Research Team

david Dr. David Trippett

Project leader – Senior University Lecturer, University of Cambridge

David is musicologist and cultural historian. His research focuses on nineteenth-century intellectual history, Richard Wagner, and the philosophy of technology. Other interests include Franz Liszt and post-Classical Weimar, performance theory and the grey area between improvisation and composition, as well as posthumanism and musical creativity in the digital age. His first monograph, Wagner’s Melodies (CUP 2013), examines the cultural and scientific history of melodic theory in relation to Wagner’s writings and music. Other publications include editions and translations, as well as research and review articles, and some media work. [more]

melissa Dr. Melissa van Drie

Postdoctoral Research Fellow

I’m a researcher working on histories of sound and listening,  especially related to 19th century devices like the théâtrophone, phonograph, telephone, stethoscope. I’m currently interested in “sensing the archive” and ways we can reconstruct past listening situations [more]

edward-gillin-copy Dr. Edward Gillin

Postdoctoral Research Fellow

Edward is a cultural historian who specializes in British science, technology, architecture, and politics in the nineteenth century. He is examining the intersections between music and science with particular emphasis on how materialistic conceptions of how sound worked fashioned new approaches to music. He collected a DPhil from the University of Oxford in 2015. Working under the supervision of Professor William Whyte, he completed a thesis examining the uses of scientific knowledge in the building of Charles Barry’s new Houses of Parliament at Westminster between 1834 and 1860. [more]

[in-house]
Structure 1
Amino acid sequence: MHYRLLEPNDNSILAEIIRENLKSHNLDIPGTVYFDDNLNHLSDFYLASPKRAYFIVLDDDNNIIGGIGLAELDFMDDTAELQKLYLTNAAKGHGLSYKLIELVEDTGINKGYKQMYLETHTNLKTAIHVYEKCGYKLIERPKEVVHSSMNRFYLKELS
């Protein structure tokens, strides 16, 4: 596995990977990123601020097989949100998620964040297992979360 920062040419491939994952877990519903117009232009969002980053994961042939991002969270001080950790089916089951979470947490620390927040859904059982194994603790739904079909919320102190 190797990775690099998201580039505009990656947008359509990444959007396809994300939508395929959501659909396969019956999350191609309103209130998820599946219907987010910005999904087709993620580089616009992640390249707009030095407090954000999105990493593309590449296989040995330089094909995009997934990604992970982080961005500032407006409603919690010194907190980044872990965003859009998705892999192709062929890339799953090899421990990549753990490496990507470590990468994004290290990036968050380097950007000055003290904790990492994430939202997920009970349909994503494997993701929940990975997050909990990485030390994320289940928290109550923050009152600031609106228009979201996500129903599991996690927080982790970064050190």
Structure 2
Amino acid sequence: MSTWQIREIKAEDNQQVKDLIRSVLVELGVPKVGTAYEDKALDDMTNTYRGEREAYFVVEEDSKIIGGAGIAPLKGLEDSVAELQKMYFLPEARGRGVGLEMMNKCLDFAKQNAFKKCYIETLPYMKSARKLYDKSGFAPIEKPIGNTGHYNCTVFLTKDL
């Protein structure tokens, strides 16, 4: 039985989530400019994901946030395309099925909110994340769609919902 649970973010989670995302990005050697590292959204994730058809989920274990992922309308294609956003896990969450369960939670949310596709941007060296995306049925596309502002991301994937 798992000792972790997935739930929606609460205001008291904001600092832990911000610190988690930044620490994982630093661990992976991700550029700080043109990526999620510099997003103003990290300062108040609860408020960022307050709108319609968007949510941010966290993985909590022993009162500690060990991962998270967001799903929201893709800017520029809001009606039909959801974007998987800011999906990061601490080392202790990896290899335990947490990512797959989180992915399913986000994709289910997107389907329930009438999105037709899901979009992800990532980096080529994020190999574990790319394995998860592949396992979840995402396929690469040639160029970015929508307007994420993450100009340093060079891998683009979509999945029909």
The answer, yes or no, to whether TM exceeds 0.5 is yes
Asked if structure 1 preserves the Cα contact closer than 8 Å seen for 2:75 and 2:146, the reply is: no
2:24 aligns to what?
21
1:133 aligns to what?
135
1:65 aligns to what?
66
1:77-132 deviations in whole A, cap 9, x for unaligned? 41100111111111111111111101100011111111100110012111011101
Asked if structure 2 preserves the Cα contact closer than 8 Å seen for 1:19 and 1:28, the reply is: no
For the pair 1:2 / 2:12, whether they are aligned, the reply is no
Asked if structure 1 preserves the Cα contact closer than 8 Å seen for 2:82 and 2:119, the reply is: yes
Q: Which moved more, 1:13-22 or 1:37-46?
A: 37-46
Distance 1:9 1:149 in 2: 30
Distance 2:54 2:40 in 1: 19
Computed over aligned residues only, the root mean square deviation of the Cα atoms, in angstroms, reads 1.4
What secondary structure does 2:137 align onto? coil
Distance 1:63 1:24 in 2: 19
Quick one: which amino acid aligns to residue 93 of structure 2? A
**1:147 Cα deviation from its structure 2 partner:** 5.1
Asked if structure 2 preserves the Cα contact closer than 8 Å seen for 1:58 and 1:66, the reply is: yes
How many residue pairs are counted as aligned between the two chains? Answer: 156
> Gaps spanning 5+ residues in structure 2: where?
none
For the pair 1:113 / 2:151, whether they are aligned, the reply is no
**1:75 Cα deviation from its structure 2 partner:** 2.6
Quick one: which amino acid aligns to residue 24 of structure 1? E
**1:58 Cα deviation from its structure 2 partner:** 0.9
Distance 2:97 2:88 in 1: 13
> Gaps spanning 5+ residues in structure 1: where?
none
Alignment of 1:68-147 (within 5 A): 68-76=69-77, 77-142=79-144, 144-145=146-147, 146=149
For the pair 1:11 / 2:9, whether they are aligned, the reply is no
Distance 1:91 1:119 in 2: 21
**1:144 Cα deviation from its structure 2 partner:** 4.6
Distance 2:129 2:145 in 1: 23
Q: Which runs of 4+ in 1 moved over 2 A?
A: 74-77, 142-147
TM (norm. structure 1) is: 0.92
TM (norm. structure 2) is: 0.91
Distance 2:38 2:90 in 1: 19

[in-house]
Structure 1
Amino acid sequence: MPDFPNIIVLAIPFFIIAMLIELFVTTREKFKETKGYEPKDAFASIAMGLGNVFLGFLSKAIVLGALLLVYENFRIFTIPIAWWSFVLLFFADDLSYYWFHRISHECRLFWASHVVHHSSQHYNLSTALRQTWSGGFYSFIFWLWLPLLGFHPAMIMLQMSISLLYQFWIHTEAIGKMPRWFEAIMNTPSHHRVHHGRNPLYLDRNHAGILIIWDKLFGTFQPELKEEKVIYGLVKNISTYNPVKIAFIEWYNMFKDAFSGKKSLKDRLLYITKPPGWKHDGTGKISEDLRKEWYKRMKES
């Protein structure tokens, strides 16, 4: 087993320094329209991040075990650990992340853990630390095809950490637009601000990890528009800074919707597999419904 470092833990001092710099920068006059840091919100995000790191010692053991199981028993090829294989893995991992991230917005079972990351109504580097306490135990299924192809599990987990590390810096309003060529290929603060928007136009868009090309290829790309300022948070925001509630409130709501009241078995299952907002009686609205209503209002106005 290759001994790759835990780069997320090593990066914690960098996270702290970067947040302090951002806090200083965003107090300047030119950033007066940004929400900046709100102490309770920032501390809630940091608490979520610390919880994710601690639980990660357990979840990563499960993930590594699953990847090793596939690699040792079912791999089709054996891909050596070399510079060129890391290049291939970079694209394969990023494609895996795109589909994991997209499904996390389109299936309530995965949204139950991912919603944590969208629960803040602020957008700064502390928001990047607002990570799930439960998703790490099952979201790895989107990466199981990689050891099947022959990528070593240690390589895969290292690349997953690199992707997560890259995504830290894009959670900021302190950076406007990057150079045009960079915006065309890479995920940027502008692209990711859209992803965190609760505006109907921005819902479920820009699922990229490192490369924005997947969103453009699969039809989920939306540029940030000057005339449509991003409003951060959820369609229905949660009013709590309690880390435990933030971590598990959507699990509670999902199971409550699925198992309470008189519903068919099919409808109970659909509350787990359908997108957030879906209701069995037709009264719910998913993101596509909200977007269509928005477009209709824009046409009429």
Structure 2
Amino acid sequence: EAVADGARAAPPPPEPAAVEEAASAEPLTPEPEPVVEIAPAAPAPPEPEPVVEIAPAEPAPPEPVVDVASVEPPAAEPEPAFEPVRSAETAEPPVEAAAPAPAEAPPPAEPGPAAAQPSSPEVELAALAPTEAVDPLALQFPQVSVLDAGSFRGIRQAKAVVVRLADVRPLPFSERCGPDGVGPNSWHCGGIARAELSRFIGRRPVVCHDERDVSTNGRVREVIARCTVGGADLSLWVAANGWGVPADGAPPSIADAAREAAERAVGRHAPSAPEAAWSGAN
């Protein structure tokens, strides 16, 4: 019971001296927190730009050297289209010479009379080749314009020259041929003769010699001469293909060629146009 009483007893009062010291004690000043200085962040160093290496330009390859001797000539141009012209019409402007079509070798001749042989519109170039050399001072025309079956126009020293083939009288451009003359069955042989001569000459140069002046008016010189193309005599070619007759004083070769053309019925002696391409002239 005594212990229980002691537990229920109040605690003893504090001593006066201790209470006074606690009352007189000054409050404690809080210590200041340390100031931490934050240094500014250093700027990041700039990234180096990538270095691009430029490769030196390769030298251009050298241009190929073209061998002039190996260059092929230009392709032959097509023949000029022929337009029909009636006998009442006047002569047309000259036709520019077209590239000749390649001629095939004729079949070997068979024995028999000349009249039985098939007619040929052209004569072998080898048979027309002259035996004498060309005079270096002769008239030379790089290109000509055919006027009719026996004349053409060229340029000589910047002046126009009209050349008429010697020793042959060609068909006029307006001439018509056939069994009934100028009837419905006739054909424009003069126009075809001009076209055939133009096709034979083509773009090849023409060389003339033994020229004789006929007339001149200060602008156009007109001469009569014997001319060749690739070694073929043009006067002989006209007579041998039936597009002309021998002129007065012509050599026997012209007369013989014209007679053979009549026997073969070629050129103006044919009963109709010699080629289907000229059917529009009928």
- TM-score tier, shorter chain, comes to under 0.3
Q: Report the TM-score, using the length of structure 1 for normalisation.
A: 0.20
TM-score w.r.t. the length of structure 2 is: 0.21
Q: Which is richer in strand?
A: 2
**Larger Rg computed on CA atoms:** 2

melle Dr. Melle Kromhout

Melle primarily works on the intersection of musicology, sound studies and media theory. His current project deals with the development of the physical concepts of Fourier analysis and sine waves and their importance for the study of sound and music in the first half of the nineteenth century. He previously completed a PhD thesis at the Amsterdam School for Cultural Analysis (University of Amsterdam) on the role of noise in recorded sound and music and has published multiple articles on noise, sound technology and popular music. [more]